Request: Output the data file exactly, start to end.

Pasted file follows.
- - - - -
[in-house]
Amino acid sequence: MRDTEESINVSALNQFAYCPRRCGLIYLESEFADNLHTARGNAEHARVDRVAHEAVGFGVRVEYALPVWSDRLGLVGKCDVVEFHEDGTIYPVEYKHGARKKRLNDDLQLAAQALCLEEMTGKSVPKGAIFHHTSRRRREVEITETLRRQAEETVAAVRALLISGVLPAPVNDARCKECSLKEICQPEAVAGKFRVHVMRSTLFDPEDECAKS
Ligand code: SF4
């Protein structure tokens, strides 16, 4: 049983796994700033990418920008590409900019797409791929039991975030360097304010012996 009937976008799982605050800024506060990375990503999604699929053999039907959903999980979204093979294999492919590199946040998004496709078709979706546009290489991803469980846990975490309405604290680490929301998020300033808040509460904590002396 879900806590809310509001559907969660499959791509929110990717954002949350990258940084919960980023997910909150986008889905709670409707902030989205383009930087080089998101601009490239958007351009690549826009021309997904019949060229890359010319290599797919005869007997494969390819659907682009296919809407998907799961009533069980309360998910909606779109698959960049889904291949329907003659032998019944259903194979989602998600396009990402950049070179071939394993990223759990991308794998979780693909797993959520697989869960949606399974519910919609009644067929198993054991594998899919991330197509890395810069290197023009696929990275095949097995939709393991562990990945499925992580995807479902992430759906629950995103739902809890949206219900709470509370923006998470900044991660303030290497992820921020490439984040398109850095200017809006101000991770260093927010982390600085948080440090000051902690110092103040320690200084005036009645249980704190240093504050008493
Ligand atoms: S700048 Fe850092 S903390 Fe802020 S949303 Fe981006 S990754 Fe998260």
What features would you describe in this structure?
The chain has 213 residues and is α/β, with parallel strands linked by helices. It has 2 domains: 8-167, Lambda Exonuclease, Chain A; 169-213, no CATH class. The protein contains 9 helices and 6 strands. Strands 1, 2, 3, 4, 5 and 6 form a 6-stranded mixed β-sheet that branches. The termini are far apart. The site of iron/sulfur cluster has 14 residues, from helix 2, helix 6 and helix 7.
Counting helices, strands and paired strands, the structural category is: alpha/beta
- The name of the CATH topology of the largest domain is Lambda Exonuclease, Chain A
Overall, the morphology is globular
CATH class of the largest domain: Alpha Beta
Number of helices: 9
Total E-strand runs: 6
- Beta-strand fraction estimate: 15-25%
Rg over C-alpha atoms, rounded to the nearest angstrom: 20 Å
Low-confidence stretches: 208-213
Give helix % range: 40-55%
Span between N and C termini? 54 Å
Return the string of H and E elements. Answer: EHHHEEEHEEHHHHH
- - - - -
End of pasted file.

[in-house]
Amino acid sequence: MRDTEESINVSALNQFAYCPRRCGLIYLESEFADNLHTARGNAEHARVDRVAHEAVGFGVRVEYALPVWSDRLGLVGKCDVVEFHEDGTIYPVEYKHGARKKRLNDDLQLAAQALCLEEMTGKSVPKGAIFHHTSRRRREVEITETLRRQAEETVAAVRALLISGVLPAPVNDARCKECSLKEICQPEAVAGKFRVHVMRSTLFDPEDECAKS
Ligand code: SF4
């Protein structure tokens, strides 16, 4: 049983796994700033990418920008590409900019797409791929039991975030360097304010012996 009937976008799982605050800024506060990375990503999604699929053999039907959903999980979204093979294999492919590199946040998004496709078709979706546009290489991803469980846990975490309405604290680490929301998020300033808040509460904590002396 879900806590809310509001559907969660499959791509929110990717954002949350990258940084919960980023997910909150986008889905709670409707902030989205383009930087080089998101601009490239958007351009690549826009021309997904019949060229890359010319290599797919005869007997494969390819659907682009296919809407998907799961009533069980309360998910909606779109698959960049889904291949329907003659032998019944259903194979989602998600396009990402950049070179071939394993990223759990991308794998979780693909797993959520697989869960949606399974519910919609009644067929198993054991594998899919991330197509890395810069290197023009696929990275095949097995939709393991562990990945499925992580995807479902992430759906629950995103739902809890949206219900709470509370923006998470900044991660303030290497992820921020490439984040398109850095200017809006101000991770260093927010982390600085948080440090000051902690110092103040320690200084005036009645249980704190240093504050008493
Ligand atoms: S700048 Fe850092 S903390 Fe802020 S949303 Fe981006 S990754 Fe998260």
What features would you describe in this structure?
The chain has 213 residues and is α/β, with parallel strands linked by helices. It has 2 domains: 8-167, Lambda Exonuclease, Chain A; 169-213, no CATH class. The protein contains 9 helices and 6 strands. Strands 1, 2, 3, 4, 5 and 6 form a 6-stranded mixed β-sheet that branches. The termini are far apart. The site of iron/sulfur cluster has 14 residues, from helix 2, helix 6 and helix 7.
Counting helices, strands and paired strands, the structural category is: alpha/beta
- The name of the CATH topology of the largest domain is Lambda Exonuclease, Chain A
Overall, the morphology is globular
CATH class of the largest domain: Alpha Beta
Number of helices: 9
Total E-strand runs: 6
- Beta-strand fraction estimate: 15-25%
Rg over C-alpha atoms, rounded to the nearest angstrom: 20 Å
Low-confidence stretches: 208-213
Give helix % range: 40-55%
Span between N and C termini? 54 Å
Return the string of H and E elements. Answer: EHHHEEEHEEHHHHH